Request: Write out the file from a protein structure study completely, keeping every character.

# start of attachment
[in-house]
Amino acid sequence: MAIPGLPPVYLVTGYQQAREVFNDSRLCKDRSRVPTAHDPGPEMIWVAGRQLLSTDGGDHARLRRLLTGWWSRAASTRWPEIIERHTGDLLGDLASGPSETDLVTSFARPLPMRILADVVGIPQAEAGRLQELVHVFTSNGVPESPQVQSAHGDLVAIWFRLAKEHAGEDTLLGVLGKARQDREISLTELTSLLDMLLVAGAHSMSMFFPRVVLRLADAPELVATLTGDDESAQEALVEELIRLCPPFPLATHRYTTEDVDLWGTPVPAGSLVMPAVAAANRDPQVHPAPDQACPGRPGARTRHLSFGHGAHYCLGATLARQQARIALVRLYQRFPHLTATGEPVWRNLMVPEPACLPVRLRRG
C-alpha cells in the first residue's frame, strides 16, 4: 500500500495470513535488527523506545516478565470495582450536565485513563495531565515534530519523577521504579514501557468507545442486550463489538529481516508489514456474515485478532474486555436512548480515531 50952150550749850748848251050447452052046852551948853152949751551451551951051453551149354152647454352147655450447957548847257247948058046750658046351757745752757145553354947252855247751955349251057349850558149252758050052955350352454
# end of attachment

[in-house]
Amino acid sequence: MAIPGLPPVYLVTGYQQAREVFNDSRLCKDRSRVPTAHDPGPEMIWVAGRQLLSTDGGDHARLRRLLTGWWSRAASTRWPEIIERHTGDLLGDLASGPSETDLVTSFARPLPMRILADVVGIPQAEAGRLQELVHVFTSNGVPESPQVQSAHGDLVAIWFRLAKEHAGEDTLLGVLGKARQDREISLTELTSLLDMLLVAGAHSMSMFFPRVVLRLADAPELVATLTGDDESAQEALVEELIRLCPPFPLATHRYTTEDVDLWGTPVPAGSLVMPAVAAANRDPQVHPAPDQACPGRPGARTRHLSFGHGAHYCLGATLARQQARIALVRLYQRFPHLTATGEPVWRNLMVPEPACLPVRLRRG
C-alpha cells in the first residue's frame, strides 16, 4: 500500500495470513535488527523506545516478565470495582450536565485513563495531565515534530519523577521504579514501557468507545442486550463489538529481516508489514456474515485478532474486555436512548480515531 50952150550749850748848251050447452052046852551948853152949751551451551951051453551149354152647454352147655450447957548847257247948058046750658046351757745752757145553354947252855247751955349251057349850558149252758050052955350352454